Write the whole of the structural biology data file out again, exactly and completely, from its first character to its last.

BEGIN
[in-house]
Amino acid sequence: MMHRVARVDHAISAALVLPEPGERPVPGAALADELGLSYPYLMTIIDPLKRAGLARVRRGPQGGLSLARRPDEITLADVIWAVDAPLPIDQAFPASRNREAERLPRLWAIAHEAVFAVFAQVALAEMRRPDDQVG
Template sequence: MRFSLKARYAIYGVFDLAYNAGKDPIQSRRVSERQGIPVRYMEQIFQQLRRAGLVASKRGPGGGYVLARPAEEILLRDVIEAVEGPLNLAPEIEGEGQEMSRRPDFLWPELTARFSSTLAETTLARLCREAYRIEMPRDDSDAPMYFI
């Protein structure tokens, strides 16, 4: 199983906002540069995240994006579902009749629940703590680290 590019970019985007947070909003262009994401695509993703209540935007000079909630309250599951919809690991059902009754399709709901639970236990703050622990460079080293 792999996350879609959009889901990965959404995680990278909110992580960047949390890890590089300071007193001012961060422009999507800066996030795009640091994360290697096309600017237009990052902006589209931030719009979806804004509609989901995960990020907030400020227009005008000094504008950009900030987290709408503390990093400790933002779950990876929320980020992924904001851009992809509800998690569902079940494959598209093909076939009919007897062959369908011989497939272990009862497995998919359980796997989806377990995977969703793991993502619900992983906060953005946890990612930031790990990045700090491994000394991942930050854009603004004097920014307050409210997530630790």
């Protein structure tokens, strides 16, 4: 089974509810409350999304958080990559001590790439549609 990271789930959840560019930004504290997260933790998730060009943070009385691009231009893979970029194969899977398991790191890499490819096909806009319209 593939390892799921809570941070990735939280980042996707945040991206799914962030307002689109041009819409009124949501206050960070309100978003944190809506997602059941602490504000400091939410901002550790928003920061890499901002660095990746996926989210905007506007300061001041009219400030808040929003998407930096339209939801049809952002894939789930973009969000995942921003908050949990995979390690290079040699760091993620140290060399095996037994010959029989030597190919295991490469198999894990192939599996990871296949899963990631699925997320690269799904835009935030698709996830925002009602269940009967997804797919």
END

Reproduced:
[in-house]
Amino acid sequence: MMHRVARVDHAISAALVLPEPGERPVPGAALADELGLSYPYLMTIIDPLKRAGLARVRRGPQGGLSLARRPDEITLADVIWAVDAPLPIDQAFPASRNREAERLPRLWAIAHEAVFAVFAQVALAEMRRPDDQVG
Template sequence: MRFSLKARYAIYGVFDLAYNAGKDPIQSRRVSERQGIPVRYMEQIFQQLRRAGLVASKRGPGGGYVLARPAEEILLRDVIEAVEGPLNLAPEIEGEGQEMSRRPDFLWPELTARFSSTLAETTLARLCREAYRIEMPRDDSDAPMYFI
């Protein structure tokens, strides 16, 4: 199983906002540069995240994006579902009749629940703590680290 590019970019985007947070909003262009994401695509993703209540935007000079909630309250599951919809690991059902009754399709709901639970236990703050622990460079080293 792999996350879609959009889901990965959404995680990278909110992580960047949390890890590089300071007193001012961060422009999507800066996030795009640091994360290697096309600017237009990052902006589209931030719009979806804004509609989901995960990020907030400020227009005008000094504008950009900030987290709408503390990093400790933002779950990876929320980020992924904001851009992809509800998690569902079940494959598209093909076939009919007897062959369908011989497939272990009862497995998919359980796997989806377990995977969703793991993502619900992983906060953005946890990612930031790990990045700090491994000394991942930050854009603004004097920014307050409210997530630790």
């Protein structure tokens, strides 16, 4: 089974509810409350999304958080990559001590790439549609 990271789930959840560019930004504290997260933790998730060009943070009385691009231009893979970029194969899977398991790191890499490819096909806009319209 593939390892799921809570941070990735939280980042996707945040991206799914962030307002689109041009819409009124949501206050960070309100978003944190809506997602059941602490504000400091939410901002550790928003920061890499901002660095990746996926989210905007506007300061001041009219400030808040929003998407930096339209939801049809952002894939789930973009969000995942921003908050949990995979390690290079040699760091993620140290060399095996037994010959029989030597190919295991490469198999894990192939599996990871296949899963990631699925997320690269799904835009935030698709996830925002009602269940009967997804797919």